I was in a house with my parents hosting some kind of party. Already this is unusual, since I rarely dream about my parents who passed away long ago. While my mother was entertaining some guests in the living room, I noticed my room’s door was ajar, with a light streaming from within. My mother just finished bringing a dead cat to life (remember, it’s a dream). I entered my room, where my father started up a conversation about what my mother just did. He claimed it was impossible, that it made no sense. When I started up a soliloquy, a very unusual one, I became half-awake. I was so impressed that I repeated the speech out loud so I wouldn’t forget it.
I explained to my father that our view of the world is ever-changing. It is made up of bits and pieces of observations that we strive to glue together into a workable thesis. Whenever something strange pops up, we rearrange the pieces like a jigsaw puzzle until they fit in another way. “But, what about the impossible?” my father asked. “You mother just brought a cat back to life.”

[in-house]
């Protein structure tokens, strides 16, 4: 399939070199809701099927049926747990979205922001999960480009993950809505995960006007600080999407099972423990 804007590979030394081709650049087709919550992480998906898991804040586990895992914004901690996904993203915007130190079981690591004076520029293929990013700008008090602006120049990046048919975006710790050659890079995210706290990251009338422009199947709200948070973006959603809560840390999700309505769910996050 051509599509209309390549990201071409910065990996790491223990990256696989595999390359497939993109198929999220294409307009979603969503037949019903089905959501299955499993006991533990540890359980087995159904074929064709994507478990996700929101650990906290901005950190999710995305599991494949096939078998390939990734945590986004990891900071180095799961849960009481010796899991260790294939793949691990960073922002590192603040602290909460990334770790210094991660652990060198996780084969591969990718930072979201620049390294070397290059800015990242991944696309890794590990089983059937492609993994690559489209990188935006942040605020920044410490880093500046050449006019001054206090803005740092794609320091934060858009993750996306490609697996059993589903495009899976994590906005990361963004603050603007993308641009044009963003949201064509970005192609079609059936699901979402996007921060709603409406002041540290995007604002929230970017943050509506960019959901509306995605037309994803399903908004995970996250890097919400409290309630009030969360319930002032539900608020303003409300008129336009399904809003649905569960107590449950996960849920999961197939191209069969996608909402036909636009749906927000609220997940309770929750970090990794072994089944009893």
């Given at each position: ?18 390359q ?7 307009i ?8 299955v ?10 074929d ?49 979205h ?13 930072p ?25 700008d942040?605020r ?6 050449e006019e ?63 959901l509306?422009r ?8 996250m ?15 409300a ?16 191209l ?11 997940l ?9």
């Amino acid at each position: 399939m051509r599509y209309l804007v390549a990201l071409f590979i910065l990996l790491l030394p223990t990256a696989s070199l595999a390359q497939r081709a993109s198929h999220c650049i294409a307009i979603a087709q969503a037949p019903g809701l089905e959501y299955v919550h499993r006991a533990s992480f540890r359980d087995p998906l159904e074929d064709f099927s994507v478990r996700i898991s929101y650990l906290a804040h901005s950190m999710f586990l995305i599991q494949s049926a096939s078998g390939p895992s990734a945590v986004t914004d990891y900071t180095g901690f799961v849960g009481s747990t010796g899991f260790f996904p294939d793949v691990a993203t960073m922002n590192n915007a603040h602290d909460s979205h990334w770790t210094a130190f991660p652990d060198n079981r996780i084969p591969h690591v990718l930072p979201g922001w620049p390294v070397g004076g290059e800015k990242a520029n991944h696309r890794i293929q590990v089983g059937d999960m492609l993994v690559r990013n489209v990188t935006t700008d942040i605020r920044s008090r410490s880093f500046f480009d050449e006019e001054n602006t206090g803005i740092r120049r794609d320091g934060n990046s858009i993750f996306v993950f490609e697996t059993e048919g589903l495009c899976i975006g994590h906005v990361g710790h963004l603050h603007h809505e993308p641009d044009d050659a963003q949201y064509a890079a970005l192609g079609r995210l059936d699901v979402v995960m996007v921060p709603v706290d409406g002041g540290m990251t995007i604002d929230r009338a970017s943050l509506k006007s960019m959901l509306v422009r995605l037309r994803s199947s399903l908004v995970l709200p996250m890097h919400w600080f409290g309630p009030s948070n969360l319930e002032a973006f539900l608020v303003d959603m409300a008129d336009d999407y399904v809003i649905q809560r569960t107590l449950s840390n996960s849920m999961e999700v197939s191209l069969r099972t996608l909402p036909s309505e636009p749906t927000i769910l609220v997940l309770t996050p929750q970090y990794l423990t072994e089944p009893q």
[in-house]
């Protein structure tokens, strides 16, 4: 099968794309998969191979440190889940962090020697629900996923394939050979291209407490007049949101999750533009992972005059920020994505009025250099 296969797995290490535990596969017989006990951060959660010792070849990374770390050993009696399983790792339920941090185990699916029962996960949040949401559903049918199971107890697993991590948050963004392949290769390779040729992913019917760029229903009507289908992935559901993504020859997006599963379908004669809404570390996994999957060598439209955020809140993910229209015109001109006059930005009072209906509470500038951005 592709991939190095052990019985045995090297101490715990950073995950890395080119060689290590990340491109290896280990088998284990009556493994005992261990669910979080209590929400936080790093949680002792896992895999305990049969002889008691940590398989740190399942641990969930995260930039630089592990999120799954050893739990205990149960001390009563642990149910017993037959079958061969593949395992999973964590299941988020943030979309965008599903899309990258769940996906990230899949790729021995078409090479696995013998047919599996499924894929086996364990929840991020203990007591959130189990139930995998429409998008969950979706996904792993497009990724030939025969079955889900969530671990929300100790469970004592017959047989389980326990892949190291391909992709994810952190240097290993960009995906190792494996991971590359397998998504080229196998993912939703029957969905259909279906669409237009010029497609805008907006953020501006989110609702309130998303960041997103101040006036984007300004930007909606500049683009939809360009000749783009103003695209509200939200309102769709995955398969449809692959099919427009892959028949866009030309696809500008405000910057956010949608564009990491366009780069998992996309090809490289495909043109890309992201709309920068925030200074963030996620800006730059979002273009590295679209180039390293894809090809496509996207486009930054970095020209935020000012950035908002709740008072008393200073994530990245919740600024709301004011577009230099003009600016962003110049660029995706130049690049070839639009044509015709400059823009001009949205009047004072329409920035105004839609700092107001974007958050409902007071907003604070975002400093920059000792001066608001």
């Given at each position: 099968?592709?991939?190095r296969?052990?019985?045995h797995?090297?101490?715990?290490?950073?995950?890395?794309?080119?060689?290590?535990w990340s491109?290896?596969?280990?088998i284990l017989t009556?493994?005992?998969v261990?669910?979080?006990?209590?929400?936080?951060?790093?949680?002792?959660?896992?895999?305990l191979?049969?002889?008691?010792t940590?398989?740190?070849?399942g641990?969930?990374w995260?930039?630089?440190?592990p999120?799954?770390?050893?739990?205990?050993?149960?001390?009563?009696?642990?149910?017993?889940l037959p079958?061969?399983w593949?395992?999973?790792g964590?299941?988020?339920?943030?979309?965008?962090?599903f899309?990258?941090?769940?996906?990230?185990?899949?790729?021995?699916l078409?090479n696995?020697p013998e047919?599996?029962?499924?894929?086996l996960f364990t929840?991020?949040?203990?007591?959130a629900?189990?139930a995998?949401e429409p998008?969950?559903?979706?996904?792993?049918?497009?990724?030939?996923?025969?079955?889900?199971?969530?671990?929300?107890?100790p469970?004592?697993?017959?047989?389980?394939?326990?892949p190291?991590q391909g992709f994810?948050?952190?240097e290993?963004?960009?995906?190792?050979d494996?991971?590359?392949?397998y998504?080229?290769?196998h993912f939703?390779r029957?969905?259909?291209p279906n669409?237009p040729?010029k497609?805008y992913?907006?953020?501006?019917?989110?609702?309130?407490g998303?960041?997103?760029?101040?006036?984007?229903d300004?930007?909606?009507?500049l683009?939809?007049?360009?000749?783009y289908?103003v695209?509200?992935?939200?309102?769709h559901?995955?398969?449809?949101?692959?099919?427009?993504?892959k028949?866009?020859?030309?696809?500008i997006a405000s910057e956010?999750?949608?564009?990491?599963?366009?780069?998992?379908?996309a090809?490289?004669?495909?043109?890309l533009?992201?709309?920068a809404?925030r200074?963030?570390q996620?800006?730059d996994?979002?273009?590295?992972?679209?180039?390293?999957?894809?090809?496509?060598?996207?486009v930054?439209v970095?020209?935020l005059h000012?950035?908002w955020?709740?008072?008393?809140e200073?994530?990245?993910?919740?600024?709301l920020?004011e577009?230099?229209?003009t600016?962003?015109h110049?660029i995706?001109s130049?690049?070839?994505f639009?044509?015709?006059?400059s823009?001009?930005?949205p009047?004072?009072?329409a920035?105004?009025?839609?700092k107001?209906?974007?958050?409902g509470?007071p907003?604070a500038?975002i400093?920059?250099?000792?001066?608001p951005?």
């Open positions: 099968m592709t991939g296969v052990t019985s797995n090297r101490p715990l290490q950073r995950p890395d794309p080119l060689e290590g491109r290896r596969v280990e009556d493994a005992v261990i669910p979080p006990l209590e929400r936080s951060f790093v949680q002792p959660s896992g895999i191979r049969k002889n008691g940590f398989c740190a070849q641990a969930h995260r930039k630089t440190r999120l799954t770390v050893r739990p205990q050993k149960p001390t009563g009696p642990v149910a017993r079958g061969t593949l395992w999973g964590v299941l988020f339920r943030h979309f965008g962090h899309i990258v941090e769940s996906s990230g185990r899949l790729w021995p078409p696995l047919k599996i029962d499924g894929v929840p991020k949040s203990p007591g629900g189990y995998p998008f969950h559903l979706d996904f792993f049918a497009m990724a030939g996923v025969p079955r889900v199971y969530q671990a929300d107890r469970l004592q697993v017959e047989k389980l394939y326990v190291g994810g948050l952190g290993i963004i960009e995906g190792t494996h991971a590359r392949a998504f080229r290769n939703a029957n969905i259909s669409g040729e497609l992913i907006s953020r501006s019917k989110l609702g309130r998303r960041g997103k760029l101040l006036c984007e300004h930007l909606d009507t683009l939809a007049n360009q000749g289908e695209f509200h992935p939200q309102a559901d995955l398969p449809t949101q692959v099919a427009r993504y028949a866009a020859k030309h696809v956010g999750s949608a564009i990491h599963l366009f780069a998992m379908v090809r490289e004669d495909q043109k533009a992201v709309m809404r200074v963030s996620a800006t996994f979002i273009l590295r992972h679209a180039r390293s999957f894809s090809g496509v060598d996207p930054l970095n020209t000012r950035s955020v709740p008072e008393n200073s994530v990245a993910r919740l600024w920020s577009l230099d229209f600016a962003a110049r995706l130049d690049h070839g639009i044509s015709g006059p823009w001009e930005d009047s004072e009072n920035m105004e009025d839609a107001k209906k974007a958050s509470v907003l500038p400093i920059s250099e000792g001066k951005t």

Then I came up with this: The glue which holds those pieces together is logic. Our logic developed along with us as we evolved and struggled to survive on this tiny mote of dirt in an incredibly huge universe. It may be that our logic simply cannot explain everything we see in the universe (like dark matter, entangled particles, the creation of matter from nothing, even the big bang), because it was never designed to deal with such questions. In fact, we may not have the language to apply to the rest of the universe. Even the concept of causation, the basis of our scientific method, may have no relevance to existence.
It was then I woke up.